Adore Delano – who is currently touring Europe with RuPaul’s “Battle of the Seasons,” and promoting her own new hit dance album, “After Party” – took time to reminisce with Fox News Latino about the show that launched her career,“American Idol,” which comes to a close Thursday night after 15 seasons.
Delano, a drag queen whose real name is Danny Noriega, was a flamboyant semifinalist from Season 8 who was lauded by then-judge Simon Cowell as courageous.
He made a splash with his audition of “Proud Mary” by Creedence Clearwater Revival. After one of his live performance of "Tainted Love," his sassy rapport with Cowell went viral.
“Being on ‘Idol’ was an amazing experience,” Noriega, 26, told FNL recently from Ireland. “We had a lot of pressure to do each show, but they really helped shape me as an artist and get to where I am. It was pretty awesome.”
He was eliminated after making it into the top 16 – where he sang Gloria Jones’ “Tainted Love” – which Soft Cell had a massive hit with in the early 1980s – but his performance got the attention of thousands of fans including Rosie O’Donnell, who invited him to perform on her R Family Vacations cruise, and Ellen DeGeneres, who invited him to appear on her talk show.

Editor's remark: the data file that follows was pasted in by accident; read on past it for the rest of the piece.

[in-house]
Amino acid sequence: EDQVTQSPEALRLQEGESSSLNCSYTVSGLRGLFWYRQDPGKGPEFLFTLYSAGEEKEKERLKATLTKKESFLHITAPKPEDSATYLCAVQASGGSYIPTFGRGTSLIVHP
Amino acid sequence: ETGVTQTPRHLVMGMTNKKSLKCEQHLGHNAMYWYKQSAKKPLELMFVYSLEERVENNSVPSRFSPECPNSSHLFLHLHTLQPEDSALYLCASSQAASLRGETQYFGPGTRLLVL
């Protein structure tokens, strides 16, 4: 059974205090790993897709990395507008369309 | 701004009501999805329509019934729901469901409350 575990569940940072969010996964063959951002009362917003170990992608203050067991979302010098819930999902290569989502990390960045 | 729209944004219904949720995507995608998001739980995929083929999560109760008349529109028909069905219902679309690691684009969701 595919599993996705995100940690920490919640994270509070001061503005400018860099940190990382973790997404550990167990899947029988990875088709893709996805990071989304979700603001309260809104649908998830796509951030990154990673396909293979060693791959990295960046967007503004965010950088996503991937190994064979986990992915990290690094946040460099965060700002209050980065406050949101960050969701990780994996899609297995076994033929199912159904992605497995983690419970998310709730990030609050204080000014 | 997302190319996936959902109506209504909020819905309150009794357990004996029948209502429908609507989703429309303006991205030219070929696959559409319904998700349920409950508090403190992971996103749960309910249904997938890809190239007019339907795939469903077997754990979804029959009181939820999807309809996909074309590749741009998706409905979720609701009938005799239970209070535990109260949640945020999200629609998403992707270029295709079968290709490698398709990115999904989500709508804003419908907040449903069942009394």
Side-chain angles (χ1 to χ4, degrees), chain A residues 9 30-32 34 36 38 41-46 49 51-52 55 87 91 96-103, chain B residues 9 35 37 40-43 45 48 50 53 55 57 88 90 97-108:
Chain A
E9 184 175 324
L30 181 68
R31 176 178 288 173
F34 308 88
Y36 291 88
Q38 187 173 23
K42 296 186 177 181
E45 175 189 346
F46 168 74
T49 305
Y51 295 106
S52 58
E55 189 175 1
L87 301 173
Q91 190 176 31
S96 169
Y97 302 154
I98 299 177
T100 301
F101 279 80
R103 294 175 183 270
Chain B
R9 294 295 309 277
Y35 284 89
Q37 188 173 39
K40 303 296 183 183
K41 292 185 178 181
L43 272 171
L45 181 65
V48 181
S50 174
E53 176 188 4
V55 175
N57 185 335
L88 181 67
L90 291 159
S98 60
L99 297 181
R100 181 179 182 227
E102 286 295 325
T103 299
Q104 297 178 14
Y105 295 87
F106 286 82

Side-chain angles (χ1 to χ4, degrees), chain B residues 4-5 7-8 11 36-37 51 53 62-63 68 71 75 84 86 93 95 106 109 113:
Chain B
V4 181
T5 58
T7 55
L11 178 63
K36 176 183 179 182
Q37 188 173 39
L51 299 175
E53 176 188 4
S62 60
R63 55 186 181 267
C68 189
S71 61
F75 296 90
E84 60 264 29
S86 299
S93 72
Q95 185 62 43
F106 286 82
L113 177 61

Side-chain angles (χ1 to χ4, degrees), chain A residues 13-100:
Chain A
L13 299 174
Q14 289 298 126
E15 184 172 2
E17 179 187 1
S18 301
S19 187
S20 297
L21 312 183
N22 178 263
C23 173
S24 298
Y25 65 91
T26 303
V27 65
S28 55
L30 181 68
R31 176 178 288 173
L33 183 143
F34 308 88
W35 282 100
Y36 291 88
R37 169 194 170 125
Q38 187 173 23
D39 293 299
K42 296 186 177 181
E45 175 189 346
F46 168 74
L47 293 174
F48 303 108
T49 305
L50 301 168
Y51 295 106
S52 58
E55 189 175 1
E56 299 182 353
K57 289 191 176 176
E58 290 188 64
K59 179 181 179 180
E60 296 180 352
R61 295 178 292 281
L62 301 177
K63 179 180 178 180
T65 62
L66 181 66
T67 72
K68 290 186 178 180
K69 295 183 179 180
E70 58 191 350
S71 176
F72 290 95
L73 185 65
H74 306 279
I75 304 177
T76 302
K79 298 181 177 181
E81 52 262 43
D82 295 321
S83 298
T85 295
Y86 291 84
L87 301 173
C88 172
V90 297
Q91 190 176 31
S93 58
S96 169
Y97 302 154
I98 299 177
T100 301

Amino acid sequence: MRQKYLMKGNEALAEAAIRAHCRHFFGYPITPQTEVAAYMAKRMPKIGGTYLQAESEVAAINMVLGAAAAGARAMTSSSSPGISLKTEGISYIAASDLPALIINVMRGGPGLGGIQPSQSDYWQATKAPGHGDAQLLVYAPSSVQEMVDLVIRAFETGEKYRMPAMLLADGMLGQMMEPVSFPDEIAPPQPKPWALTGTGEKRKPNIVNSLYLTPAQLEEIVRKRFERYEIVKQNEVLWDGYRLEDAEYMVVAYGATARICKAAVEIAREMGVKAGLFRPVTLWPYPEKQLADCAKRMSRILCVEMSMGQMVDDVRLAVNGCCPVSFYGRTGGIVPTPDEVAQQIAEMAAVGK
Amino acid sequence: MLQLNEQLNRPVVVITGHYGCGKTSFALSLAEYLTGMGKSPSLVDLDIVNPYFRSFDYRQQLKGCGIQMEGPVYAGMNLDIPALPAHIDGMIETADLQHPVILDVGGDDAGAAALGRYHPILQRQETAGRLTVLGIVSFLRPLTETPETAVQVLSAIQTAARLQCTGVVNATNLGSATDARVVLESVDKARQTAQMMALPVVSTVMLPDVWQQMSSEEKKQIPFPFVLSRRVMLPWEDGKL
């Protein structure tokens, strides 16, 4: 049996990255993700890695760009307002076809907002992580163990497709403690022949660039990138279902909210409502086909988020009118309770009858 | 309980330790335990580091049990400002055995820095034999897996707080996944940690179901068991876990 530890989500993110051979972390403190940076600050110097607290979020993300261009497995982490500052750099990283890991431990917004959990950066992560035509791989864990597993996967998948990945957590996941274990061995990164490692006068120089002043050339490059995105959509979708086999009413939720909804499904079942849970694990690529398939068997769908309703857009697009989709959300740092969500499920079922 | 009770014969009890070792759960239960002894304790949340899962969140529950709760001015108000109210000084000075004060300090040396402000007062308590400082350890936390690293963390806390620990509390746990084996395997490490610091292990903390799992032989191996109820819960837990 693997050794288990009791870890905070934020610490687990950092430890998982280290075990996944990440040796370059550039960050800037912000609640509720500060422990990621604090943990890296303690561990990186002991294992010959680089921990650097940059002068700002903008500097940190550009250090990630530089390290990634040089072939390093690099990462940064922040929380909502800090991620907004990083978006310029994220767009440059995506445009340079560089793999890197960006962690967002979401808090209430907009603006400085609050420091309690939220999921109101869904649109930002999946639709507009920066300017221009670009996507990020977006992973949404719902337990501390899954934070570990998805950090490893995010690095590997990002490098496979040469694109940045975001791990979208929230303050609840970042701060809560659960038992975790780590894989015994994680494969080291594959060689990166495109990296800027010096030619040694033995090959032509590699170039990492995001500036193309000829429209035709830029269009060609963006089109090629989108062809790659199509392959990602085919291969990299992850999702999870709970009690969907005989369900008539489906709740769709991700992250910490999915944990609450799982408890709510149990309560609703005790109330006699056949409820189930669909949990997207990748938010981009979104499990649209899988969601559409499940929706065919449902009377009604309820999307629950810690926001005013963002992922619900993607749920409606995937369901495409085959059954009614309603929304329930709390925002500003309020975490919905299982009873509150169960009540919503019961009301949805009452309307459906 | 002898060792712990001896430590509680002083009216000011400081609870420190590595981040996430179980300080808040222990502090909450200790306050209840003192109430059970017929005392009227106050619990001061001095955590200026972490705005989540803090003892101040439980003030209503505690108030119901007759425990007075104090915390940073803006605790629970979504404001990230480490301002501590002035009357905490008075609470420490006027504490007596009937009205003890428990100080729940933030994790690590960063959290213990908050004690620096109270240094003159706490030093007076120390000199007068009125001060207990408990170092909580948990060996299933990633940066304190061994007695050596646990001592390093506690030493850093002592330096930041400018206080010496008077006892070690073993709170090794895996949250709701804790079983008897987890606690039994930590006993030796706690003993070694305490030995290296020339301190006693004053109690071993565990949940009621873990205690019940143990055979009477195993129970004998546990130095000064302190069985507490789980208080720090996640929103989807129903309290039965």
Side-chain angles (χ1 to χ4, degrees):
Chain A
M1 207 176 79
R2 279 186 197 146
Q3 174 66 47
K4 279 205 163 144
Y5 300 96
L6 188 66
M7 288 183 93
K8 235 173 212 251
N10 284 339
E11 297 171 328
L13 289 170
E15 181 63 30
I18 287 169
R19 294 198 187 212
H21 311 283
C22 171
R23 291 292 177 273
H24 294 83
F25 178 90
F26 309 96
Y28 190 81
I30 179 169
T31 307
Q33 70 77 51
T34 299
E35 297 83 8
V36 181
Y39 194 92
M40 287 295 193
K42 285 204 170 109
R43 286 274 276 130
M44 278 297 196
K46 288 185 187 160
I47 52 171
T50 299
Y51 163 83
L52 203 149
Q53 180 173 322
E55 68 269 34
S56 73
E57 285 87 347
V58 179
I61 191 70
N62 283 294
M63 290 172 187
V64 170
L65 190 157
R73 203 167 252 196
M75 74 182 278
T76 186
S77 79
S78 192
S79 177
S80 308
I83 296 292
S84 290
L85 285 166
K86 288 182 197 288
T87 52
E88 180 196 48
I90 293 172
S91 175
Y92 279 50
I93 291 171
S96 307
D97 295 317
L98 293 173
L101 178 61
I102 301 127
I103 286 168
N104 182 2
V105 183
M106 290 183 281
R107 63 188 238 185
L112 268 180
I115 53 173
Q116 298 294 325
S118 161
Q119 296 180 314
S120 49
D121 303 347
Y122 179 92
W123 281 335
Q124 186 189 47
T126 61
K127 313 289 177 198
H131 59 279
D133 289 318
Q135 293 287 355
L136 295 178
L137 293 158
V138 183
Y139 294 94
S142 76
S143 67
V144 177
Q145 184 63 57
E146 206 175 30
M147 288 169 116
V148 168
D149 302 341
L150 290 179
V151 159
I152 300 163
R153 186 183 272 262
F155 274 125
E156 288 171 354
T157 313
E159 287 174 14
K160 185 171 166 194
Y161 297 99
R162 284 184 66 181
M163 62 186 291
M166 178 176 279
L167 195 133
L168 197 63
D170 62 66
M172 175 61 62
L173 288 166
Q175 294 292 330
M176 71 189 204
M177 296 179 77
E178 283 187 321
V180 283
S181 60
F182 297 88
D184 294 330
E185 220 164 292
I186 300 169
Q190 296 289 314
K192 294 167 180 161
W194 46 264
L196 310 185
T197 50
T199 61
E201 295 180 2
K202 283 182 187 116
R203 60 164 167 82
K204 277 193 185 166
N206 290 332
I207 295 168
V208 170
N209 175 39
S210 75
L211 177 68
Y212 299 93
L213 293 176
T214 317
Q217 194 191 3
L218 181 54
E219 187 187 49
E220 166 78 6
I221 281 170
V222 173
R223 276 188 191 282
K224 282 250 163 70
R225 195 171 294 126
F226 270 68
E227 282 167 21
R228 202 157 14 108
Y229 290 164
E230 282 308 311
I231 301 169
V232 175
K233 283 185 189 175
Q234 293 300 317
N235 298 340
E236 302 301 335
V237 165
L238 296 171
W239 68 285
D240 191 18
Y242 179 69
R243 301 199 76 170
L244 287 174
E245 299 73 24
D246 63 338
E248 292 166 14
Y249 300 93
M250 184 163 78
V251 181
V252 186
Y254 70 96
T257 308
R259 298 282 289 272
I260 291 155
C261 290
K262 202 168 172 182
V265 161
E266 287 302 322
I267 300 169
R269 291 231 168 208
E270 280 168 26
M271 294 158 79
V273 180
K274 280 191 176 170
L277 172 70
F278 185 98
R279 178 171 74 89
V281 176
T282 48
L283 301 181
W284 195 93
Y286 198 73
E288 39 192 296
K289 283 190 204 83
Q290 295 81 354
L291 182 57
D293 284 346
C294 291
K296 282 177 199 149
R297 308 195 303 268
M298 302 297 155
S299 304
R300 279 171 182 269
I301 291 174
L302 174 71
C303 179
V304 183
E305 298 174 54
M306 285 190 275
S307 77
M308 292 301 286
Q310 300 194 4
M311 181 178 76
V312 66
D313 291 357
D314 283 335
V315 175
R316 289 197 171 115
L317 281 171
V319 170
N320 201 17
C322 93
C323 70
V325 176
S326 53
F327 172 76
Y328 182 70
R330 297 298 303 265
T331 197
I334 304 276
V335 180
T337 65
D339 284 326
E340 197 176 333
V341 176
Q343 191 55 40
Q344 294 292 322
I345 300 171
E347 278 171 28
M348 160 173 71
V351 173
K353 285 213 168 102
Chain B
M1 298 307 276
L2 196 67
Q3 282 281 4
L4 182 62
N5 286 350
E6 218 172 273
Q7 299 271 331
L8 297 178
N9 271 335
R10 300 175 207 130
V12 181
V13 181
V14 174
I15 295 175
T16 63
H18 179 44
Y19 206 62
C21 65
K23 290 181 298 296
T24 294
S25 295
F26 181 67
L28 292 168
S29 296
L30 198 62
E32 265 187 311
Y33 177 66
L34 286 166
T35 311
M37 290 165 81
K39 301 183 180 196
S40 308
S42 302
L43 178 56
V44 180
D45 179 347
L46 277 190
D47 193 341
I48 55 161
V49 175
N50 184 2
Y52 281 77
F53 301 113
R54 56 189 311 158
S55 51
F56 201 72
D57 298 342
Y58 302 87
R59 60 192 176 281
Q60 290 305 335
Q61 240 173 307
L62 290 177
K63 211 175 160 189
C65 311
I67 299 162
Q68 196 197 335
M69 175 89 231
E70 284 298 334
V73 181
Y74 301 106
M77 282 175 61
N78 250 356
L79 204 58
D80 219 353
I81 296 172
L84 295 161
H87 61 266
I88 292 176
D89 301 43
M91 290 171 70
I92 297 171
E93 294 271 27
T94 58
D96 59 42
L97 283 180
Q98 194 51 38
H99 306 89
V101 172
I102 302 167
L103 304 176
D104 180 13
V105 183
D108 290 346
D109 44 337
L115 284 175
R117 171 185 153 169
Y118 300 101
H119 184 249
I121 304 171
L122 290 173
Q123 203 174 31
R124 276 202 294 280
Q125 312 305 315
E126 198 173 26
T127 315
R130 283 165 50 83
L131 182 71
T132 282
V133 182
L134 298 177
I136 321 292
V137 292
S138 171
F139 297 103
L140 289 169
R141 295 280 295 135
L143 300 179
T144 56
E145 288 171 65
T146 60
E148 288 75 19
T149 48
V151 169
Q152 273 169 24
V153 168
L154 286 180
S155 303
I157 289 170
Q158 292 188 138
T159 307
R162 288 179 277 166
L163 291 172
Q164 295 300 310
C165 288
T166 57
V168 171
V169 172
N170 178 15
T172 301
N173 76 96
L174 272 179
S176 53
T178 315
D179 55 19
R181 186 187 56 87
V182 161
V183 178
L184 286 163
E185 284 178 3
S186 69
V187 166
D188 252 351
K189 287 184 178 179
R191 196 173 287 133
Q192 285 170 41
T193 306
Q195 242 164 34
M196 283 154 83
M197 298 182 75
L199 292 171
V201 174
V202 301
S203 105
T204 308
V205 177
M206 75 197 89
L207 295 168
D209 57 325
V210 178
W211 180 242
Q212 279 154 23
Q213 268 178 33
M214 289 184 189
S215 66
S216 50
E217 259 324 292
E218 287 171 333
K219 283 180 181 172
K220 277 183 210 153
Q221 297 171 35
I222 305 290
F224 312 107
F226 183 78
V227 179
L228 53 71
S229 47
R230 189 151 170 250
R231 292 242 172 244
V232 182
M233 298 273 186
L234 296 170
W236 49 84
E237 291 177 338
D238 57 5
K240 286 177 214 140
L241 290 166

Noriega’s career took an “unexpected direction – good unexpected” when he became a YouTube personality, performing drag skits as Adore Delano and later auditioned for “RuPaul’s Drag Race.”
“My whole world has been turned upside down,” he gushed about being part of RuPaul’s drag world. “We are literally touring the world, and people are listening to my music.”
“After Party” is Noriega’s second studio album and it opened No.1 in Billboard’s US Dance/Electronic chart when it dropped on March 11.
He said this new album shows his growth, not only as an artist but as a person.
“'Till Death Do Us Party,’ I think we put out a great pop album that we recorded in like three days, and it was so much fun to tour,” Noriega said. “[But] ‘After Party’ shows me growing up, and everyone seems to love it.”
While Noriega loves presenting his music to the world, he understands that he has a bigger message for young Latinos who might not feel completely comfortable with who they are: It’s OK.
“I want them to know you can be sad – that it’s part of growing up – and that school is not forever,” he said. “I grew up in a small Latino community that was very masculine-driven. They challenged me, and when I started talking back is [when] I realized that there is more out there.”
“American Idol” is down to the last two finalists in the show’s history. La'Porsha Renae or Trent Harmon will be crowned as this season's winner when the Fox singing contest ends its run on Thursday.
The Associated Press contributed to this report.